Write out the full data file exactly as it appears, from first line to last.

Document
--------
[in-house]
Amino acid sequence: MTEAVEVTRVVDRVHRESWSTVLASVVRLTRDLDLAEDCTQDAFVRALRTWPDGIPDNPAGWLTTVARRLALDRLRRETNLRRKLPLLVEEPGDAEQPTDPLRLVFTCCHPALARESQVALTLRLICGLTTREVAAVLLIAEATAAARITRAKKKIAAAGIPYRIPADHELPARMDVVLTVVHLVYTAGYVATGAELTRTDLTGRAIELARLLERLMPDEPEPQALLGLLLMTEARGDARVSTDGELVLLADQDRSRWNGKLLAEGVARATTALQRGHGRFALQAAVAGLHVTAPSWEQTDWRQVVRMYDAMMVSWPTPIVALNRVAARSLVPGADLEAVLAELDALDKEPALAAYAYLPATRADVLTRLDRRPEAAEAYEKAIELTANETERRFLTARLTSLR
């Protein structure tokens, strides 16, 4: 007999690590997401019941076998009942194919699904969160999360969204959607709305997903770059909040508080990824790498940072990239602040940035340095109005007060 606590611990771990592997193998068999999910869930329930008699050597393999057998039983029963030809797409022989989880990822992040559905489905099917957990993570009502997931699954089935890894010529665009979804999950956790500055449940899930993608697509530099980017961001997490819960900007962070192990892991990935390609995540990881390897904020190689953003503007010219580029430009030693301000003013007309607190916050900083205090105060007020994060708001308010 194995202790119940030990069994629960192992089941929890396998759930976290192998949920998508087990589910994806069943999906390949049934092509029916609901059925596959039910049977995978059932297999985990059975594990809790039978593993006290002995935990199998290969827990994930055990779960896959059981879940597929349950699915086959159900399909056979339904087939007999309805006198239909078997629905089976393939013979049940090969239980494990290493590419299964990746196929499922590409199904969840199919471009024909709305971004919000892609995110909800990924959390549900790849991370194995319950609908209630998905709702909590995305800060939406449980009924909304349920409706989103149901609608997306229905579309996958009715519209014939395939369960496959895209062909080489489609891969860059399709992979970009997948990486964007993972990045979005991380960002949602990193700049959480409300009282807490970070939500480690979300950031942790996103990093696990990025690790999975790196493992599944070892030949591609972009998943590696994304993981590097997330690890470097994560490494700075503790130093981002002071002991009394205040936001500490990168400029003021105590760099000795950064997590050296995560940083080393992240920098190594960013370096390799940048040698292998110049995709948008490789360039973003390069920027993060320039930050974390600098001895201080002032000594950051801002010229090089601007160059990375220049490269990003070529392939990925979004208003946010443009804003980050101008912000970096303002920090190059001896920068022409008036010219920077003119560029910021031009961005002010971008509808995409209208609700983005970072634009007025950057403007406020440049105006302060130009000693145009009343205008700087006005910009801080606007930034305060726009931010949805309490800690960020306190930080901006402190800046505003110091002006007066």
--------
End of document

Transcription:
[in-house]
Amino acid sequence: MTEAVEVTRVVDRVHRESWSTVLASVVRLTRDLDLAEDCTQDAFVRALRTWPDGIPDNPAGWLTTVARRLALDRLRRETNLRRKLPLLVEEPGDAEQPTDPLRLVFTCCHPALARESQVALTLRLICGLTTREVAAVLLIAEATAAARITRAKKKIAAAGIPYRIPADHELPARMDVVLTVVHLVYTAGYVATGAELTRTDLTGRAIELARLLERLMPDEPEPQALLGLLLMTEARGDARVSTDGELVLLADQDRSRWNGKLLAEGVARATTALQRGHGRFALQAAVAGLHVTAPSWEQTDWRQVVRMYDAMMVSWPTPIVALNRVAARSLVPGADLEAVLAELDALDKEPALAAYAYLPATRADVLTRLDRRPEAAEAYEKAIELTANETERRFLTARLTSLR
């Protein structure tokens, strides 16, 4: 007999690590997401019941076998009942194919699904969160999360969204959607709305997903770059909040508080990824790498940072990239602040940035340095109005007060 606590611990771990592997193998068999999910869930329930008699050597393999057998039983029963030809797409022989989880990822992040559905489905099917957990993570009502997931699954089935890894010529665009979804999950956790500055449940899930993608697509530099980017961001997490819960900007962070192990892991990935390609995540990881390897904020190689953003503007010219580029430009030693301000003013007309607190916050900083205090105060007020994060708001308010 194995202790119940030990069994629960192992089941929890396998759930976290192998949920998508087990589910994806069943999906390949049934092509029916609901059925596959039910049977995978059932297999985990059975594990809790039978593993006290002995935990199998290969827990994930055990779960896959059981879940597929349950699915086959159900399909056979339904087939007999309805006198239909078997629905089976393939013979049940090969239980494990290493590419299964990746196929499922590409199904969840199919471009024909709305971004919000892609995110909800990924959390549900790849991370194995319950609908209630998905709702909590995305800060939406449980009924909304349920409706989103149901609608997306229905579309996958009715519209014939395939369960496959895209062909080489489609891969860059399709992979970009997948990486964007993972990045979005991380960002949602990193700049959480409300009282807490970070939500480690979300950031942790996103990093696990990025690790999975790196493992599944070892030949591609972009998943590696994304993981590097997330690890470097994560490494700075503790130093981002002071002991009394205040936001500490990168400029003021105590760099000795950064997590050296995560940083080393992240920098190594960013370096390799940048040698292998110049995709948008490789360039973003390069920027993060320039930050974390600098001895201080002032000594950051801002010229090089601007160059990375220049490269990003070529392939990925979004208003946010443009804003980050101008912000970096303002920090190059001896920068022409008036010219920077003119560029910021031009961005002010971008509808995409209208609700983005970072634009007025950057403007406020440049105006302060130009000693145009009343205008700087006005910009801080606007930034305060726009931010949805309490800690960020306190930080901006402190800046505003110091002006007066």